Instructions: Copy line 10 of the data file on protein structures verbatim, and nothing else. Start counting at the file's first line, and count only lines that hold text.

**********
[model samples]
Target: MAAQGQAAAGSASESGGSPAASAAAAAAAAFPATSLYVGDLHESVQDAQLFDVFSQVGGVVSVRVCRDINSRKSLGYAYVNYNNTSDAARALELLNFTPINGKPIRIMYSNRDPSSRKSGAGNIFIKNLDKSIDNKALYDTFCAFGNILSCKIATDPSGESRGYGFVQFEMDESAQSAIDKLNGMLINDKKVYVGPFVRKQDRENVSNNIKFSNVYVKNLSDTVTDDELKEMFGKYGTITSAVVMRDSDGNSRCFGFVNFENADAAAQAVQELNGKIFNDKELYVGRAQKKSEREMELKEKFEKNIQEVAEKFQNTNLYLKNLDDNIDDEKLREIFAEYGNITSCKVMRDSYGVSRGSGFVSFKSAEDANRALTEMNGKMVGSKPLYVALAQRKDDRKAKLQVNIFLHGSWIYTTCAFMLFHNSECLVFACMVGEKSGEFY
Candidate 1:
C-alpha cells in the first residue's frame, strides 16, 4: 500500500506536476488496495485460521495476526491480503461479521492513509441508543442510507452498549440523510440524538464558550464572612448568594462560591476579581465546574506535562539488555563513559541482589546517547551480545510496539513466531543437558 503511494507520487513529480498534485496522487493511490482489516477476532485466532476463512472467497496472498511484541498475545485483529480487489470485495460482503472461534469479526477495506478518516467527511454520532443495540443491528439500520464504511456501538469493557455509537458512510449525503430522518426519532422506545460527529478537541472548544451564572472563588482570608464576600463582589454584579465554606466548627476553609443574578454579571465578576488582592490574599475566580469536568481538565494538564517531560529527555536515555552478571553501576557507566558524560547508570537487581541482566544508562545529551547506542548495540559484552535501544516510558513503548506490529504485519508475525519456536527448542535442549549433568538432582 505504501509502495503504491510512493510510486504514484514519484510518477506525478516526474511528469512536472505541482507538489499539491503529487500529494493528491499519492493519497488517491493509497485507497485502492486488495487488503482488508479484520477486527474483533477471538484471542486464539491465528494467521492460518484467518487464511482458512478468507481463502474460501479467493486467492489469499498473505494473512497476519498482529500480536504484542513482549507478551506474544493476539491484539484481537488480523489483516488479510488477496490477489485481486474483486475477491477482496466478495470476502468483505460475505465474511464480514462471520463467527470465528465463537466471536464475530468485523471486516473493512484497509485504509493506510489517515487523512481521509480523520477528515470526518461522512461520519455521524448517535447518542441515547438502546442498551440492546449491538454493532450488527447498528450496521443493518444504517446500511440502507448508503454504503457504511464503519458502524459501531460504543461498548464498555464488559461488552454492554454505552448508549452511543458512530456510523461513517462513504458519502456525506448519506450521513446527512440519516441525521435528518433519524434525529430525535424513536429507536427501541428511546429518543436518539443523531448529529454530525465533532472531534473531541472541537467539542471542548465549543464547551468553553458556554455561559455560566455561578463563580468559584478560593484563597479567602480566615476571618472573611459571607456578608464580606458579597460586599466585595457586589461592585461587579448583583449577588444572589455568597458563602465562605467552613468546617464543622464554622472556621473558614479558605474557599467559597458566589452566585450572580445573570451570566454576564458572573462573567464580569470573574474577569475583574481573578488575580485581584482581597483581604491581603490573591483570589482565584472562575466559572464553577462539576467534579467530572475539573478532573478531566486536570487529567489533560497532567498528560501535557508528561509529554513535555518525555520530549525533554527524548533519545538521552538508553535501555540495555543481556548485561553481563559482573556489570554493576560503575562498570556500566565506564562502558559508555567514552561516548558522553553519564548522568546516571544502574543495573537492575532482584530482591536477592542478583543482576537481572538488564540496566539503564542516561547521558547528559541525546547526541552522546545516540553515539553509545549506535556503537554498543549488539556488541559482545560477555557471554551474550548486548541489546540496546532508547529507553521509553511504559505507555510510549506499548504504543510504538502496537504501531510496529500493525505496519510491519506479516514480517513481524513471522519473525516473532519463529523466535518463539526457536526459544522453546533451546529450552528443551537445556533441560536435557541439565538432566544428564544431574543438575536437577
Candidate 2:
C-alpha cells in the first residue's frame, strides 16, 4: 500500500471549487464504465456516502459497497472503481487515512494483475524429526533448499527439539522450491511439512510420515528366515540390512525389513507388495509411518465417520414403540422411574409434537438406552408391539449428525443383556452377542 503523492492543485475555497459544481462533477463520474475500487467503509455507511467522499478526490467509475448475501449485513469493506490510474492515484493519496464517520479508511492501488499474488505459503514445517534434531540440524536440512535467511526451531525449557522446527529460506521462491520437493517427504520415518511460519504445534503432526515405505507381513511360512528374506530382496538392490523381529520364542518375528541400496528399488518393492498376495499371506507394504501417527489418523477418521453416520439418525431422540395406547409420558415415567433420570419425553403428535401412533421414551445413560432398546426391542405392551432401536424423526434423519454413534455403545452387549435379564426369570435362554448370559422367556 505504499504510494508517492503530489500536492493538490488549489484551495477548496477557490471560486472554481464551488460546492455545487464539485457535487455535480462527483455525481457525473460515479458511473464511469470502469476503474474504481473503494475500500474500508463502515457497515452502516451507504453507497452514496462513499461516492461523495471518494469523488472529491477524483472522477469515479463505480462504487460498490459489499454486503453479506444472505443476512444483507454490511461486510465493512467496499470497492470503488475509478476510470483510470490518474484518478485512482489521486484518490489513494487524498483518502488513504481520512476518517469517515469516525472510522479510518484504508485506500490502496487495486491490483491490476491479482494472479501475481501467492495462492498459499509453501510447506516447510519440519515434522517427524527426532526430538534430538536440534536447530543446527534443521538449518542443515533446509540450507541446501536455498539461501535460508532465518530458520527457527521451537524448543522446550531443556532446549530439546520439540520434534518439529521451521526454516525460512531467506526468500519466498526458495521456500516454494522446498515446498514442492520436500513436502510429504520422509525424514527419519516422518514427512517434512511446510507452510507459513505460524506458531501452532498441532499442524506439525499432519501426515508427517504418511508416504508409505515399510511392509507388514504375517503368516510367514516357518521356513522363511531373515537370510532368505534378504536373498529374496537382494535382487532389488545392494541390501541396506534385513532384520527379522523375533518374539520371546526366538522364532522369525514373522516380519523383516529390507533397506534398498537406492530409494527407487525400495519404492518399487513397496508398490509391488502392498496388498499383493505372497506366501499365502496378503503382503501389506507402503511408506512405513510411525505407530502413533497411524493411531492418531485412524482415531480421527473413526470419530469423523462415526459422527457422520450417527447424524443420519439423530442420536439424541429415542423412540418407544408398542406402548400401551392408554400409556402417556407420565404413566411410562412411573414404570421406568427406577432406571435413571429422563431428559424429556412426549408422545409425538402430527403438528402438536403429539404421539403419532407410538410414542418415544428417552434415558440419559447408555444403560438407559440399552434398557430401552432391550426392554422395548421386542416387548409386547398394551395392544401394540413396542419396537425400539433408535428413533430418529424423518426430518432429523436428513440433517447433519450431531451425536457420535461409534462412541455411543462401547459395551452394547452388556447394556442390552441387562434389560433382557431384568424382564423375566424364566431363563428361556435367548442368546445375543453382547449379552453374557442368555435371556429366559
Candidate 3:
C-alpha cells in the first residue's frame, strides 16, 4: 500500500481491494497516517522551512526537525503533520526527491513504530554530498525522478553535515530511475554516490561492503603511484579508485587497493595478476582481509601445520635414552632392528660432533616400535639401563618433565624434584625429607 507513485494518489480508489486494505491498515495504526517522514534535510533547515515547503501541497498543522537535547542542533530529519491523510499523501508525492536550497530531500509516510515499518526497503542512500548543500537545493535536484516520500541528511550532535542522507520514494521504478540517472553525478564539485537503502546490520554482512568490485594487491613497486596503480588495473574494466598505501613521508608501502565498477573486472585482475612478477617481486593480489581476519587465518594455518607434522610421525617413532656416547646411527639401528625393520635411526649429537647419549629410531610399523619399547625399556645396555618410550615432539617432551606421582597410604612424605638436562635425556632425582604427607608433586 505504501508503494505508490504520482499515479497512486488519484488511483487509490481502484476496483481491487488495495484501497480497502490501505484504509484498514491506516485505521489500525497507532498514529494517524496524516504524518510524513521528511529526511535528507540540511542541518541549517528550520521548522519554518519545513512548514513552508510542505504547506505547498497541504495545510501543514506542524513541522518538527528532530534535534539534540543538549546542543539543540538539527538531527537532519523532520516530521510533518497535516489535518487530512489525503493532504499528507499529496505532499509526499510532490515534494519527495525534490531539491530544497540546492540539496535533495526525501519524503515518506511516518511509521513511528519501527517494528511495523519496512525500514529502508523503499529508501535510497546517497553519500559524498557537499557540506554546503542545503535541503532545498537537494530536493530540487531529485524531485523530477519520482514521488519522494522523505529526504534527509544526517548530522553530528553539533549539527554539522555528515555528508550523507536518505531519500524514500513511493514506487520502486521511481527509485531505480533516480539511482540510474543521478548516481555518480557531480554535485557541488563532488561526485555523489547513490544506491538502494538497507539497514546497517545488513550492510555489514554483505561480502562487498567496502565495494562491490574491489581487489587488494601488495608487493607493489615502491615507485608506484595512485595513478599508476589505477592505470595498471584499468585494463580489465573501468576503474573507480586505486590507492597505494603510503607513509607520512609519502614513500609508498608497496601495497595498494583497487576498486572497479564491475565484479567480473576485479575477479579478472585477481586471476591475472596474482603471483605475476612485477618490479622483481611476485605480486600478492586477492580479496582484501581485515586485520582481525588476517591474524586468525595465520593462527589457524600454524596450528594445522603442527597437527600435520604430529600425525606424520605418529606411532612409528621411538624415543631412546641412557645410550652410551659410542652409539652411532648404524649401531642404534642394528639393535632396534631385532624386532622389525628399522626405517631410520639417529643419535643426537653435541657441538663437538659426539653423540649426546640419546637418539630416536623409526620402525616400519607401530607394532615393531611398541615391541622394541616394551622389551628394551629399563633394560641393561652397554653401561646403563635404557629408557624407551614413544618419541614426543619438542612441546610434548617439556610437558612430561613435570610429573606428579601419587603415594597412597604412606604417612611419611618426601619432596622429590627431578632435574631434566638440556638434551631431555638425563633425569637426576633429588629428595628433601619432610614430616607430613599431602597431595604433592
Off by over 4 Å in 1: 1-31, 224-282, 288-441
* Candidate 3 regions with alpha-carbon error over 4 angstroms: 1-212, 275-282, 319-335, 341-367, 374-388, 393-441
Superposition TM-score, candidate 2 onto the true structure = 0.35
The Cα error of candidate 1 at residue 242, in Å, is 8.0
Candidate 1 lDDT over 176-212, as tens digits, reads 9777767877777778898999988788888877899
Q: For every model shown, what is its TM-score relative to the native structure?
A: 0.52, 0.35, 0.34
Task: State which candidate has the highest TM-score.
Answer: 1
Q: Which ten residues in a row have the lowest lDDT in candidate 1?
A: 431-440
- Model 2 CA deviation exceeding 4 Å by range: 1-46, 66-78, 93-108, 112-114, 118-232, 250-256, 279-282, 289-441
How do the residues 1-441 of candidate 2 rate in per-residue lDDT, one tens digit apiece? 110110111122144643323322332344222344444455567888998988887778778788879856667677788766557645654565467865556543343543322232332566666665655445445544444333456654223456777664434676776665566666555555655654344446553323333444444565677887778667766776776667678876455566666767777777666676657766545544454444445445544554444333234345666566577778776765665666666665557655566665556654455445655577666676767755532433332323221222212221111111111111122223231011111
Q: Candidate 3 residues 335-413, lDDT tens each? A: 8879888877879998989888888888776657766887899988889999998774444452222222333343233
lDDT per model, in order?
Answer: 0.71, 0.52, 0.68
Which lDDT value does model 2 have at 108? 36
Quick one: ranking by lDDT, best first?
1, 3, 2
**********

* Candidate 3 regions with alpha-carbon error over 4 angstroms: 1-212, 275-282, 319-335, 341-367, 374-388, 393-441